Everything designers need to know about the golden ratio
Good designers are always on the hunt for the latest tools to help them step up their game—whether it’s a new app or the latest Adobe update. Yet some of the best design tools are actually those that have been around the longest.
The golden ratio is a prime example. This phenomenon has always been a part of nature, appearing on plants, animals, and even people’s faces. In the Middle Ages, a mathematician named Fibonacci finally discovered the sequence of numbers that lead to the golden ratio—which is 1:1.618.
Artists began using the ratio in their work, because they found its balanced proportions aesthetically pleasing. It even appears in masterpieces like DaVinci’s Mona Lisa and Dali’s Sacrament of the Last Supper.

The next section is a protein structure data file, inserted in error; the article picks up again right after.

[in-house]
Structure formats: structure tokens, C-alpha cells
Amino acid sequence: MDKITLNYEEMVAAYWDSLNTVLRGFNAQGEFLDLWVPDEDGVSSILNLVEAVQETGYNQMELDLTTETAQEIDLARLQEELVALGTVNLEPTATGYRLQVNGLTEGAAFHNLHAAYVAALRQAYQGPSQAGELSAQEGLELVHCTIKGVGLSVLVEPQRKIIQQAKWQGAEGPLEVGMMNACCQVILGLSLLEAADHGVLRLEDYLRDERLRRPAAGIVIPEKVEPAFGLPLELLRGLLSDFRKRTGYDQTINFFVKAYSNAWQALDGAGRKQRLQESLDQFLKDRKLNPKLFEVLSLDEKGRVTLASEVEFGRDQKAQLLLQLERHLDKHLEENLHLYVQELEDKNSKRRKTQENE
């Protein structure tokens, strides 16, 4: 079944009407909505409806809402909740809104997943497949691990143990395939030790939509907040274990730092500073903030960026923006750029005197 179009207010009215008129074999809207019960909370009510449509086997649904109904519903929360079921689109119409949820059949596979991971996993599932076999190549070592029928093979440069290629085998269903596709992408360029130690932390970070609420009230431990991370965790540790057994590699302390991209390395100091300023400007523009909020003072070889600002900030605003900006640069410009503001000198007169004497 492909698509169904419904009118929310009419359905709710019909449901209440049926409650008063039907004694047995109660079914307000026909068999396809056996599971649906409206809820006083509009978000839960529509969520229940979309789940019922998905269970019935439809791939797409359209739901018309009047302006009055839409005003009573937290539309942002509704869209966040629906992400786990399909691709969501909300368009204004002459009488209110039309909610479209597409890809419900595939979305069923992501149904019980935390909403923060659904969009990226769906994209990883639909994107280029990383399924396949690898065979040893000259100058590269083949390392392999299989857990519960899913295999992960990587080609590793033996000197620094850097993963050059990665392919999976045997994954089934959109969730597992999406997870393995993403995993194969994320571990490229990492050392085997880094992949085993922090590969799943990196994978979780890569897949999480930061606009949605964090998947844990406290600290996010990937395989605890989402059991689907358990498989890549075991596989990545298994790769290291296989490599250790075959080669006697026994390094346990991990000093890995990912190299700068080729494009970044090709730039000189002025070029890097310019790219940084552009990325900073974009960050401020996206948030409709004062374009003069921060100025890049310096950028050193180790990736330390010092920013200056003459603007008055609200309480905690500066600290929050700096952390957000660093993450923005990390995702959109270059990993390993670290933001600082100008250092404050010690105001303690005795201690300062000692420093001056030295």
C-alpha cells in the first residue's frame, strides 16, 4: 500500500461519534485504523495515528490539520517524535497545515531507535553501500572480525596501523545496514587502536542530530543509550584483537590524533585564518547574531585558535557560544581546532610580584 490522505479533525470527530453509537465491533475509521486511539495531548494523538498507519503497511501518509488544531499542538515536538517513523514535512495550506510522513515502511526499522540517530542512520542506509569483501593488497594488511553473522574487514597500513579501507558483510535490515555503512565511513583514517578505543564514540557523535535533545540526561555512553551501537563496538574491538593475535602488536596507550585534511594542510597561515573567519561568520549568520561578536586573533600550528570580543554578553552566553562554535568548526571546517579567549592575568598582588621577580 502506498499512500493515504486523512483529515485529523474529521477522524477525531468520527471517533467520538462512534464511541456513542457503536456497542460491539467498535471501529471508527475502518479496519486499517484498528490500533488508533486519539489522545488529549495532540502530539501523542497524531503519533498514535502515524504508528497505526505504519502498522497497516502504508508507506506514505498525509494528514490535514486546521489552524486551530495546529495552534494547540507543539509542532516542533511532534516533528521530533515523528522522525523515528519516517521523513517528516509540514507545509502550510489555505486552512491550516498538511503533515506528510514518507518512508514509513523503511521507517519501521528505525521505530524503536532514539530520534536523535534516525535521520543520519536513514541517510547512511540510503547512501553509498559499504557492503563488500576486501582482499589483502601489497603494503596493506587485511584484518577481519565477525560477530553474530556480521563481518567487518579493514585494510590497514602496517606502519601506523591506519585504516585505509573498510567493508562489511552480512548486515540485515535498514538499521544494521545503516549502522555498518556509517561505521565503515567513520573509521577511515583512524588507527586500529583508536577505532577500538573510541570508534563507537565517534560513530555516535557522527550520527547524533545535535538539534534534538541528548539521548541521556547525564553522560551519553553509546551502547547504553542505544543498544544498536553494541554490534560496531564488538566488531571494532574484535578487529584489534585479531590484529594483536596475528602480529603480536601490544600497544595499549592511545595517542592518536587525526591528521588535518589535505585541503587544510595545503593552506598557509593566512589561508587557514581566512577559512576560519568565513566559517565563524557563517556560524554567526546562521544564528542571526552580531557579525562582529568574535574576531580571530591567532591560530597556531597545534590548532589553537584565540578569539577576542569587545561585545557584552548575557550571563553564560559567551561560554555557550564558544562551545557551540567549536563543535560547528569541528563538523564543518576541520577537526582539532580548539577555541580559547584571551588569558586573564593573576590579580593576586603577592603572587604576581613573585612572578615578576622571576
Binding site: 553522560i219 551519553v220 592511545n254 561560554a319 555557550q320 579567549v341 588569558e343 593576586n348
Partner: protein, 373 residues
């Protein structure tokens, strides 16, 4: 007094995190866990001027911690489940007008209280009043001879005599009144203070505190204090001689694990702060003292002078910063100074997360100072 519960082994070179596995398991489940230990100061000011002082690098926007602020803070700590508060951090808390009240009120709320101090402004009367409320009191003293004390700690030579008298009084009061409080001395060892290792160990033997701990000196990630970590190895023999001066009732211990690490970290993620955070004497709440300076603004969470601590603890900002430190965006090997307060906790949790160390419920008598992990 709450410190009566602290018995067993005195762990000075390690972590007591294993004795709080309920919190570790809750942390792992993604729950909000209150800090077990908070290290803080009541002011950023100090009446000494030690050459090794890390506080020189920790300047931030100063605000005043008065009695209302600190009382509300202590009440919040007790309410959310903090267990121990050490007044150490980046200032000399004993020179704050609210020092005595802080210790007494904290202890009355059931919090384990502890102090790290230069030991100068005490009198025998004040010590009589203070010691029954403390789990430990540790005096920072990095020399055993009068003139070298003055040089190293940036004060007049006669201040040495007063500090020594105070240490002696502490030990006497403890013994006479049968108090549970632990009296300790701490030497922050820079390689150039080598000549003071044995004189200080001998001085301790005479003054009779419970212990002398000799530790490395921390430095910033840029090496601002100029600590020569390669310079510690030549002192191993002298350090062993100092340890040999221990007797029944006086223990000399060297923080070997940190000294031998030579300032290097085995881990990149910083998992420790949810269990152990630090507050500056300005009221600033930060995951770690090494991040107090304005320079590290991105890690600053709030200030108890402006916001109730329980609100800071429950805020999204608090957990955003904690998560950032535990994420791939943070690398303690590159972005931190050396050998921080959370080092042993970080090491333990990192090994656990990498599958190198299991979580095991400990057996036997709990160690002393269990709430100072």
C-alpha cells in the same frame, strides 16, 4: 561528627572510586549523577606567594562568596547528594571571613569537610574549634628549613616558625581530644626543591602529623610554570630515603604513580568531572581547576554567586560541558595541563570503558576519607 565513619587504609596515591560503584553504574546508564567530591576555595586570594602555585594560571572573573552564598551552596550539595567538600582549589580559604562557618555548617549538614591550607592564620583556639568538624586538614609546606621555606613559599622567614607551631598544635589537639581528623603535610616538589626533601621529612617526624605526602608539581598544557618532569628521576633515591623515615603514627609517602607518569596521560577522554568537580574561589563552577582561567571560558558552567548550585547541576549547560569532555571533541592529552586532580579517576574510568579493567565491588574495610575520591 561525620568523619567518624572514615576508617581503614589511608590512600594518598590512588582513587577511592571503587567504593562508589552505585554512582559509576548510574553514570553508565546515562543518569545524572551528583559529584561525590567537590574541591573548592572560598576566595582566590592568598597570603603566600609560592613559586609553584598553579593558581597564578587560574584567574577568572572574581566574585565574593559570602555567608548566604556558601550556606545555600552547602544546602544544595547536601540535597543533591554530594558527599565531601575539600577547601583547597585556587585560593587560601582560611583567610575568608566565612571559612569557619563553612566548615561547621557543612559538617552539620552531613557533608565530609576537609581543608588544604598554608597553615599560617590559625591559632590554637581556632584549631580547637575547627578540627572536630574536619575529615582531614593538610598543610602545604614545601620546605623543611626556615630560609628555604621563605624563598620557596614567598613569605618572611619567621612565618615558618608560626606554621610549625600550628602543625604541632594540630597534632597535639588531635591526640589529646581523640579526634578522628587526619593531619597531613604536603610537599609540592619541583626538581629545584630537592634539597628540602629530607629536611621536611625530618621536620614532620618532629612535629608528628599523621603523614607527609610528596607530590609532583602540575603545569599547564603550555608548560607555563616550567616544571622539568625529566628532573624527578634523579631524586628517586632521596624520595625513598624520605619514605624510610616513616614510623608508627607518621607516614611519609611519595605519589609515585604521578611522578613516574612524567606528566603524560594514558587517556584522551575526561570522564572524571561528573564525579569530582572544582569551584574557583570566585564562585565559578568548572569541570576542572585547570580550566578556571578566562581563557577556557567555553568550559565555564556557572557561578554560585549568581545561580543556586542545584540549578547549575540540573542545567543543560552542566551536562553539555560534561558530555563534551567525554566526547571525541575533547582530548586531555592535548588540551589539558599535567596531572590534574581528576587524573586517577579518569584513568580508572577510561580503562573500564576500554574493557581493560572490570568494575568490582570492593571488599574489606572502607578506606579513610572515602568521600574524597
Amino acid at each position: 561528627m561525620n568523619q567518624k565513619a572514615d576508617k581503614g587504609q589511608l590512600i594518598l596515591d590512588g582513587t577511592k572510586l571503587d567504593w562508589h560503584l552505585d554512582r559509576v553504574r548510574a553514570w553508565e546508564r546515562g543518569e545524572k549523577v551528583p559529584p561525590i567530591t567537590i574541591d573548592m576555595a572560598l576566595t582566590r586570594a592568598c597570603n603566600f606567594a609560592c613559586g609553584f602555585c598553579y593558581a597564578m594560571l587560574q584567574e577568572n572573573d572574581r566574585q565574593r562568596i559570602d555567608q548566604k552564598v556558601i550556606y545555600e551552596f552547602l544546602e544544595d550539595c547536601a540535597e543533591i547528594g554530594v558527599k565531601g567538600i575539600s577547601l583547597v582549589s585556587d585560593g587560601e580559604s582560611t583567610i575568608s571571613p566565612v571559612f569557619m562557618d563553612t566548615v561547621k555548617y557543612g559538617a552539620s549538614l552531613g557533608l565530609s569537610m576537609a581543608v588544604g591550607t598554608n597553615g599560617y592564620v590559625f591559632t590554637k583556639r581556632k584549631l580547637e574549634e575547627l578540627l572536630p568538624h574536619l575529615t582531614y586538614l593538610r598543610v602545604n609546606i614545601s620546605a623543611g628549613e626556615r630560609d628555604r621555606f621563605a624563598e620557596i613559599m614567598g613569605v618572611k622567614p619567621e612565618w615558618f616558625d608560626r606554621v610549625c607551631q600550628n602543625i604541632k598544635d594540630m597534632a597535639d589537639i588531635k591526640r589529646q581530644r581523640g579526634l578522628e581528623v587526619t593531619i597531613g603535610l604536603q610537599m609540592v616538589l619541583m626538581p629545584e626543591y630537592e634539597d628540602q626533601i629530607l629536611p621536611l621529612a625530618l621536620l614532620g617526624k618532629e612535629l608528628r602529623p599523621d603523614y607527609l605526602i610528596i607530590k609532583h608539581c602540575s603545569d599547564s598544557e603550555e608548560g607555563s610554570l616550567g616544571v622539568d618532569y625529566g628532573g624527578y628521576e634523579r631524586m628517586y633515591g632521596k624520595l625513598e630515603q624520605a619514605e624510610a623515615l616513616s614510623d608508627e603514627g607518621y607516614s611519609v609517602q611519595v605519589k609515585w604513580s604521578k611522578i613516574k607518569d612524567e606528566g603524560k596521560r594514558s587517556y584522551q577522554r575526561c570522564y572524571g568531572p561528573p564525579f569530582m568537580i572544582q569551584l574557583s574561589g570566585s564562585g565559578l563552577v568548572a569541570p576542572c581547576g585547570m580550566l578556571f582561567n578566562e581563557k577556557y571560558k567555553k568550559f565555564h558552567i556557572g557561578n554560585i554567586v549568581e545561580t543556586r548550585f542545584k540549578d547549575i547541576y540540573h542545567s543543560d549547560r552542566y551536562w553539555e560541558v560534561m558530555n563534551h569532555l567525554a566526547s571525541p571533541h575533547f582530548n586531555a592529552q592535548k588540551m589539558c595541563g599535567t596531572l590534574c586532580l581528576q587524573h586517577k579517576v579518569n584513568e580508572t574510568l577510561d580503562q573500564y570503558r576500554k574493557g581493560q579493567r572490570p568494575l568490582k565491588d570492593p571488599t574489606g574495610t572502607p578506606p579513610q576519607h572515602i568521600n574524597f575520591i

Today’s artists aren’t painters—they’re graphic designers. But the golden ratio may actually be even more useful for design than painting. It helps you size and crop images or design pleasing logos. You can even use it to lay out a website or solve issues with typography placement and sizing.
Learning how to put the golden ratio to work for you can be a little complicated at first, especially if you’ve never placed a golden spiral on a design before. This helpful guide, courtesy of Company Folders, will teach you everything you need to know about the golden ratio.